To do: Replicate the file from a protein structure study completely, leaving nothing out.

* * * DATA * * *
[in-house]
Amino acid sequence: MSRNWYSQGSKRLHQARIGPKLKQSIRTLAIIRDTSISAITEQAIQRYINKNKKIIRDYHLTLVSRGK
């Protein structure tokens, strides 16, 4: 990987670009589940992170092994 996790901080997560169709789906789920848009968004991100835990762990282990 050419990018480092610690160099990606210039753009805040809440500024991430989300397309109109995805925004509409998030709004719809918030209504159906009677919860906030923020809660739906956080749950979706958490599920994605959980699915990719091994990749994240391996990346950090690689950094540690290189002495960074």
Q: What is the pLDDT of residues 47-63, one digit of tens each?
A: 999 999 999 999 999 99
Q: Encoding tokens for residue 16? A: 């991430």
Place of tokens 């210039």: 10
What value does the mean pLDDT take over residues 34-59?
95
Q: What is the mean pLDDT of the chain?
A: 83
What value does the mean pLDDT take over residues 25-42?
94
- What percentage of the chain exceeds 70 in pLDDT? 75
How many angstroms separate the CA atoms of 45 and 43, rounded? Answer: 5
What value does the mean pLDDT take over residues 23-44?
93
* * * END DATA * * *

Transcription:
[in-house]
Amino acid sequence: MSRNWYSQGSKRLHQARIGPKLKQSIRTLAIIRDTSISAITEQAIQRYINKNKKIIRDYHLTLVSRGK
């Protein structure tokens, strides 16, 4: 990987670009589940992170092994 996790901080997560169709789906789920848009968004991100835990762990282990 050419990018480092610690160099990606210039753009805040809440500024991430989300397309109109995805925004509409998030709004719809918030209504159906009677919860906030923020809660739906956080749950979706958490599920994605959980699915990719091994990749994240391996990346950090690689950094540690290189002495960074």
Q: What is the pLDDT of residues 47-63, one digit of tens each?
A: 999 999 999 999 999 99
Q: Encoding tokens for residue 16? A: 């991430």
Place of tokens 């210039």: 10
What value does the mean pLDDT take over residues 34-59?
95
Q: What is the mean pLDDT of the chain?
A: 83
What value does the mean pLDDT take over residues 25-42?
94
- What percentage of the chain exceeds 70 in pLDDT? 75
How many angstroms separate the CA atoms of 45 and 43, rounded? Answer: 5
What value does the mean pLDDT take over residues 23-44?
93